Katrina Pierson is demanding California Rep. Jackie Speier release the names of her two colleagues in Congress she testified to have sexually harassed staffers.
— Katrina Pierson (@KatrinaPierson) November 16, 2017
Tuesday KatrinaPierson.com Reported
Dem. California Rep. Jackie Speier testified today that two of her colleagues in Congress have sexually harassed staffers.
While Speier clearly wants to be seen as a champion for the harassed staffers, by refusing to name names she is doing the exact opposite and protecting the alleged abusers.
Why is Speier protecting those that should face consequences when more victims could suffer as a result?
How is this justice for those who have been harassed?
With Democrats vastly outnumbering Republicans among California lawmakers is there a partisan motivation here?
Despite more pressure being put on Speier, so far, she is still refusing to expose her colleagues.
How will the sexual harassment epidemic ever be solved if the predators are not called out by name?
As reported by CNN
Be extra careful of the male lawmakers who sleep in their offices — they can be trouble. Avoid finding yourself alone with a congressman or senator in elevators, late-night meetings or events where alcohol is flowing. And think twice before speaking out about sexual harassment from a boss — it could cost you your career.
These are a few of the unwritten rules that some female lawmakers, staff and interns say they follow on Capitol Hill, where they say harassment and coercion is pervasive on both sides of the rotunda.
CNN spoke with more than 50 lawmakers, current and former Hill aides and political veterans who have worked in Congress, the majority of whom spoke anonymously to be candid and avoid potential repercussions. With few exceptions, every person said they have personally experienced sexual harassment on the Hill or know of others who have.
These anecdotes portray a workplace where women are subjected to constant harassment — both subtle and explicit. They also highlight an antiquated reporting system that discourages some victims from speaking out, leaving many professionals on the Hill to rely instead on hushed advice from peers and mentors.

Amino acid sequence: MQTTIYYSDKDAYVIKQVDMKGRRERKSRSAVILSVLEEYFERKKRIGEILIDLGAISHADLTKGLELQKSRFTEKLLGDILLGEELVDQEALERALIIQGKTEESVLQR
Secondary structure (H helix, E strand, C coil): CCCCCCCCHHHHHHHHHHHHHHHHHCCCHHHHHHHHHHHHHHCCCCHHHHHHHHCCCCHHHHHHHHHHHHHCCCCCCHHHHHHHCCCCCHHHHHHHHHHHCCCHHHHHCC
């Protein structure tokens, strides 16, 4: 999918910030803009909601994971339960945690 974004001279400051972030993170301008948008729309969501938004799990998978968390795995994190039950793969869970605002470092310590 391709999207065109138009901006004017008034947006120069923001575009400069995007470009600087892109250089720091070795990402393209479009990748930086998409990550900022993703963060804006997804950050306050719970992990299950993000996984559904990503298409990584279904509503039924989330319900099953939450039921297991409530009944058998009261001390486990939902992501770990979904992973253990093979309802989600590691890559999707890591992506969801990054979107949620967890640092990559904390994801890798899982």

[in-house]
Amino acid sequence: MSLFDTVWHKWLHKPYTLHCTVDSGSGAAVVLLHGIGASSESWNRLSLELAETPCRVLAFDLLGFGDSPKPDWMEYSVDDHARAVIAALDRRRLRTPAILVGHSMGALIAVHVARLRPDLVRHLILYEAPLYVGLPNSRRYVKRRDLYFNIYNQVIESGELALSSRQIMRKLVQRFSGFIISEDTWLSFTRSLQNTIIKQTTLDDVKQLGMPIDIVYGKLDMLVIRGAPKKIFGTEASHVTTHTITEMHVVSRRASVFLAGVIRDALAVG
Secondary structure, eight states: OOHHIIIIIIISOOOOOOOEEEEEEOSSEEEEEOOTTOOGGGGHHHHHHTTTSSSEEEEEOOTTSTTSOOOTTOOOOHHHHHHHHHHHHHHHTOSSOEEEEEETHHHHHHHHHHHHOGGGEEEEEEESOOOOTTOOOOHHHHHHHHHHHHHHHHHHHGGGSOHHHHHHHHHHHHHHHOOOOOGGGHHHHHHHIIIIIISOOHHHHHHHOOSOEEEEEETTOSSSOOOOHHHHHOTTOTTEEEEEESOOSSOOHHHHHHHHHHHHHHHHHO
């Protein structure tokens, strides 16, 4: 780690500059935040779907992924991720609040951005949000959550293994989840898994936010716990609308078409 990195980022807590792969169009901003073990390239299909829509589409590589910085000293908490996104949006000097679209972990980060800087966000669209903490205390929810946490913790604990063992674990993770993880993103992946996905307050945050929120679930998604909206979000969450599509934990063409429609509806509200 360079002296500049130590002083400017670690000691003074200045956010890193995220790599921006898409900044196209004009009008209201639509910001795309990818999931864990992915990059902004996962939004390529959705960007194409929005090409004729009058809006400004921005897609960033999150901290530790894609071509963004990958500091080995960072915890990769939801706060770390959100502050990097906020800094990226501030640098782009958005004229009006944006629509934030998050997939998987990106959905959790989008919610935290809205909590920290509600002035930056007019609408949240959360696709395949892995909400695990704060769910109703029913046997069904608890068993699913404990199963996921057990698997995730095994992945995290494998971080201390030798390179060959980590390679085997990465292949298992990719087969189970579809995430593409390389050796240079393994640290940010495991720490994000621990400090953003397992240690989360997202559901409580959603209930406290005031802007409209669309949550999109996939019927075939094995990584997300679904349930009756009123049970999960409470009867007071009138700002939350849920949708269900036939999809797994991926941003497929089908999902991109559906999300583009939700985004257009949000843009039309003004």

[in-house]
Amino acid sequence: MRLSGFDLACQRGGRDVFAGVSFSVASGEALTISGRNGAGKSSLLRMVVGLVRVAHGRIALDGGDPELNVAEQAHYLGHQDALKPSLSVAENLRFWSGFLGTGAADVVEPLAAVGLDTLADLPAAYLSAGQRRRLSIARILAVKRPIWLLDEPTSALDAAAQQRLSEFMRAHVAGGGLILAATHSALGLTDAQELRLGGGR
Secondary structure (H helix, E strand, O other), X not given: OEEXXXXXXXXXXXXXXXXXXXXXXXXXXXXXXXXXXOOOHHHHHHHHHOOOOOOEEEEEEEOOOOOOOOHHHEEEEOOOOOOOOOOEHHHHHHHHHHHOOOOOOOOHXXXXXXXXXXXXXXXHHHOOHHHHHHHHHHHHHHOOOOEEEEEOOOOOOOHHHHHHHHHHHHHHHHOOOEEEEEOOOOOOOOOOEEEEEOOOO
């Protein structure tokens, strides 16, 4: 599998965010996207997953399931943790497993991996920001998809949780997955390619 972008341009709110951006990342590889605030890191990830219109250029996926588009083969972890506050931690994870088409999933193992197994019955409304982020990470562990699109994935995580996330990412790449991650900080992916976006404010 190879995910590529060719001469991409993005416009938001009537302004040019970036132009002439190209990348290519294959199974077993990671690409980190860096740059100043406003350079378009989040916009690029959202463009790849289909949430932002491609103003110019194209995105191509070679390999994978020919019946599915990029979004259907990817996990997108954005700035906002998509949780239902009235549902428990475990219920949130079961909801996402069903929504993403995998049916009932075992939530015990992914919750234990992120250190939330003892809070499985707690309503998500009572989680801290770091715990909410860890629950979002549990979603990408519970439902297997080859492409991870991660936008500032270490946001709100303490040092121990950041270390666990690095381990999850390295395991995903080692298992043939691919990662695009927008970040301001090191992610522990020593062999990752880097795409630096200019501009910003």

One female congresswoman told CNN that she has experienced sexual harassment from her male colleagues on multiple occasions over the years, but she declined to speak on the record or detail those interactions.
“Half are harassers,” she said of her male counterparts in Congress, before quickly adding that that was an over-estimate — only “some are harassers,” she said.
What began as a typical workday left one woman feeling “horrified.”
A former Senate staffer recalled getting on the “members only” elevator — designed to let lawmakers easily reach the House and Senate floors — with her boss a few years ago. Her boss introduced her to another senator in the elevator. Both senators are men and still currently in office.
When she leaned in to shake that senator’s hand, he stroked the inside of her palm “in a really gross, suggestive way” — a gesture that was completely invisible to her boss. The ex-staffer said she was rattled and “felt very yucky.” She was also shaken by how brazen the senator was to do this with his colleague standing right next to them.
The woman, who declined to be named or reveal the senator’s identity, told CNN that she avoided that lawmaker from that day on. She also never told her then-boss about it — she was embarrassed and nervous to make it an issue, she said, and simply “took it for the gross moment that it was.”